Post by Barry Schwimmer, Managing Partner
In my early days as a private investor I learned and adhered to a foundational precept -“No liquidity for management before investors”. I have frequently repeated the following mantra to private company management teams when tasked with the age old problem of their liquidity “You get out when we get out.”
Should later stage vc funding rounds be used to provide liquidity for company Founders and management/angel investors?
But they say, “You have lots of investments and this is our only one. We are working for low salaries, trying to build long term value. Plus ultimately you as the controlling shareholder get to set our exit. How can we achieve liquidity for ourselves and our families?”
Standard response: “Our interests are aligned. You get out when we get out.”
I recently read VC Fred Wilson’s 12/29/14 blog post titled “Some Thoughts on Founder Liquidity” in which he reconsiders the possibility that the traditional prohibition against using later stage funding rounds to provide liquidity to management and earlier investors should be updated and supported by later stage VC’s.
In short he posits:
I have evolved my point of view on this issue a lot over the years and I now believe that providing some founder liquidity, at the appropriate time, will incent the founders to have a longer term focus and that will result in exits at much larger valuations because, contrary to popular belief, founders drive the timing of exit way more than VCs do.
@FredWilson’s blog really made me contemplate whether the traditional model should be reconsidered.
Certainly founders/investors ultimately want the same thing-build a great company and achieve the highest valuation on exit. Investment holding periods have grown and new types of investors have emerged. Can later stage investors-with different risk tolerances be comfortable that investing in an early stage company for the sole purpose of cashing out others is an appropriate use of funds?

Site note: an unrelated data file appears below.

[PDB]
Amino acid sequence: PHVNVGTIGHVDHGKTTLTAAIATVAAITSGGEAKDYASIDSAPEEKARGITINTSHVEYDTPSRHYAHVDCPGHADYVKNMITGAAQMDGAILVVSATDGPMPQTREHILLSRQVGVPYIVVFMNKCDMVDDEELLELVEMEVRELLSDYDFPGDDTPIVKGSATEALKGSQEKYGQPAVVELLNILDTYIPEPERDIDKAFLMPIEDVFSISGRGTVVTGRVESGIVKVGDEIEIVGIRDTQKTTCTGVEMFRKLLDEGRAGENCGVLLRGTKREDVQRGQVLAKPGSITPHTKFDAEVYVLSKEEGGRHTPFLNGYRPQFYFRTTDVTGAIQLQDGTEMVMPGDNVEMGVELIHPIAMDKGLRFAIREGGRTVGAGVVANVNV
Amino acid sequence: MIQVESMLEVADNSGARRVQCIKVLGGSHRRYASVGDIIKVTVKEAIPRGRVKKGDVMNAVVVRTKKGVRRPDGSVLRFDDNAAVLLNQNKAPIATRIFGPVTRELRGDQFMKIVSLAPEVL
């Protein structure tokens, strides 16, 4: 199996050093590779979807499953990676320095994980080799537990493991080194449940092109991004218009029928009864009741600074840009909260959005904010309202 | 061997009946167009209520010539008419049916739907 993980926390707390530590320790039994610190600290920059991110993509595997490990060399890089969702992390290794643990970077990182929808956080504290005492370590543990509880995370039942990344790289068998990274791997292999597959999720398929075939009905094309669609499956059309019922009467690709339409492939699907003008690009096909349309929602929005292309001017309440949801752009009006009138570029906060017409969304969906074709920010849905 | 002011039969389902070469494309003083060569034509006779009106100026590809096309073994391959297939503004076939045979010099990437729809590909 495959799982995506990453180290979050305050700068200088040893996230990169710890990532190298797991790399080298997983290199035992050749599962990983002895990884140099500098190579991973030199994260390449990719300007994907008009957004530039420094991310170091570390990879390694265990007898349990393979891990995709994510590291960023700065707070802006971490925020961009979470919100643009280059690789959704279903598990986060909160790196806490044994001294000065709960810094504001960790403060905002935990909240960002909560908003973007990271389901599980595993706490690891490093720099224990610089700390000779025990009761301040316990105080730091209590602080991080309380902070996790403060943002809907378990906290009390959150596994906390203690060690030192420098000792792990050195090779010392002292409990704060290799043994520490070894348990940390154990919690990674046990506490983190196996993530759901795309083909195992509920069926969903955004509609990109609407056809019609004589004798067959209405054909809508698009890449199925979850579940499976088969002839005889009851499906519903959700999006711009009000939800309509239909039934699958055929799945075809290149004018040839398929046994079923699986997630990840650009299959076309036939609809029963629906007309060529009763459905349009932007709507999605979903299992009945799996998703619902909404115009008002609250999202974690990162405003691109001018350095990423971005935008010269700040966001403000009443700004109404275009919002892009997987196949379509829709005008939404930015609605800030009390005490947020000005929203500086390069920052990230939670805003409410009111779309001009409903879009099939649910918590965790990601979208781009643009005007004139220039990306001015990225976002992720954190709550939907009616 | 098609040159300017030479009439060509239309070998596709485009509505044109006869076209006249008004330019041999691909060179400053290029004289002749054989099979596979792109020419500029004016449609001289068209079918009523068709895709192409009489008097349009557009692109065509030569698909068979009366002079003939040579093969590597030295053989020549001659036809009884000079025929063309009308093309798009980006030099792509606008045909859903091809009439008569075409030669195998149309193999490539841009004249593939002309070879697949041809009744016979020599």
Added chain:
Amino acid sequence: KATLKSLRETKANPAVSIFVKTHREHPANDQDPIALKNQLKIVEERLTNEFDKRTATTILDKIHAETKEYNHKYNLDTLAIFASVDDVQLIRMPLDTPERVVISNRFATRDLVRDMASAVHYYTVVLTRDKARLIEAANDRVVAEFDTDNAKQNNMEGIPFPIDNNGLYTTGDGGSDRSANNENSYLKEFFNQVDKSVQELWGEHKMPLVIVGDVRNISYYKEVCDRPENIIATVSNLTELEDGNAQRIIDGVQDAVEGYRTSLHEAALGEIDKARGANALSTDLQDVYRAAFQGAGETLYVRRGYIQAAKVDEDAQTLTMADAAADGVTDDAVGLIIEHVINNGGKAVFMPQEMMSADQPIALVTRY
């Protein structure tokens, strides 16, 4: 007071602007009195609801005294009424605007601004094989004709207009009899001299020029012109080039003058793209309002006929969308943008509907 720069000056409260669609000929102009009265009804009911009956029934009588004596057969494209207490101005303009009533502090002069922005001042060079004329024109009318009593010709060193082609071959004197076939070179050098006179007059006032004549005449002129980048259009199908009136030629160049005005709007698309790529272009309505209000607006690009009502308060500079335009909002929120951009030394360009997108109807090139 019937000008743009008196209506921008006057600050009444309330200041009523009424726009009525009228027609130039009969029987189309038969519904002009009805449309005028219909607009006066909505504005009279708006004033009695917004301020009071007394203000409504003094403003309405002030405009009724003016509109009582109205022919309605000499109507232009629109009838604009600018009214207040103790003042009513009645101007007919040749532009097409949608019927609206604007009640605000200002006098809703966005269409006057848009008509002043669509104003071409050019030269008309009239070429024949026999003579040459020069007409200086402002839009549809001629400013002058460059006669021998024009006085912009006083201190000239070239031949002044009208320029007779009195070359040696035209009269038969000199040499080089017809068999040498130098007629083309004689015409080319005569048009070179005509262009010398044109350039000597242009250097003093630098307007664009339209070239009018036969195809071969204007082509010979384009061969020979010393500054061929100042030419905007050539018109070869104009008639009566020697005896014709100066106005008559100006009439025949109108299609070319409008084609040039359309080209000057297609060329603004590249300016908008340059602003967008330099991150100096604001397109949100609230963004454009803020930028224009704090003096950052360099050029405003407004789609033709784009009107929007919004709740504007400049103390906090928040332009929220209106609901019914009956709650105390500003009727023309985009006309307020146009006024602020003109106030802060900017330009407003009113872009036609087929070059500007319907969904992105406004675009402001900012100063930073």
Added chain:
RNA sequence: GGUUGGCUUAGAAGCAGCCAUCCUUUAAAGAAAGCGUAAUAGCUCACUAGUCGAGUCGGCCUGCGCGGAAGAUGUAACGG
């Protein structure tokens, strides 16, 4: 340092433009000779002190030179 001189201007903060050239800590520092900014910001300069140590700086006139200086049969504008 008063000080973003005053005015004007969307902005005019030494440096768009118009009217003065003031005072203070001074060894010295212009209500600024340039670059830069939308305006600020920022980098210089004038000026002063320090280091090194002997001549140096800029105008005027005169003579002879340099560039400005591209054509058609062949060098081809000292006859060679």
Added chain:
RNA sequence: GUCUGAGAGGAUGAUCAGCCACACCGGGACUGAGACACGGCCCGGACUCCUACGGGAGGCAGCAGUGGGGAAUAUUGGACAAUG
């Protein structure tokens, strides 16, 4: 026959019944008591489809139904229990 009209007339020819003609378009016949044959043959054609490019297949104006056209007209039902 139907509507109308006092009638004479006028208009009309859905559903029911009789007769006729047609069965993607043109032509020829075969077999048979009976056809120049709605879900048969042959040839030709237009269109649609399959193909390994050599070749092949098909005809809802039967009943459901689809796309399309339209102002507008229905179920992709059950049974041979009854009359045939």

Maybe there’s a model for accommodating early founder, employee and investor liquidity desires while allowing new types of later stage investors to participate in a company’s growth opportunities
- Candidates for early liquidity investment should be self-sustaining (profitable) with proven operating models.
- Selling Founder and employee shareholders should keep a significant portion of their stake in the company post transaction. My rough guidelines as a new investor would allow still active Founders to sell 10-25% of their total stakes, early employees 20-40% and early angels/VC’s as much as they like.
- New investors should be organized for this kind of situation and understand that they may not get a “quick flip”. Paradoxically their investment may serve to lengthen the time to sale/IPO.
- This later stage investment is risky and subject to misalignment of interests. See 1 and 3 above. Diligence regarding motivation and valuation bubbles is critical. An interesting dynamic would arise if the takeout financing is done by the same VC’s using different “later stage” funds to monetize their prior fund investments. Clearly this should be avoided.
- Given today’s longer holding periods, larger late stage rounds and broader investor (diversified fund) participations, such financings are creeping closer to public secondaries.
- Perhaps these interim takeouts will allow for longer gestation periods before a company is sold and ultimately produce higher total returns? I appreciate and support the logic but would still approach with caution and restraint.
While I have not seen empirical investment results for these situations, clearly larger institutional investors (eg Tiger Global) appear to be increasingly comfortable with these situations. It will be interesting to monitor how the current crop of late stage takeouts mature-particularly when the IPO window inevitably closes.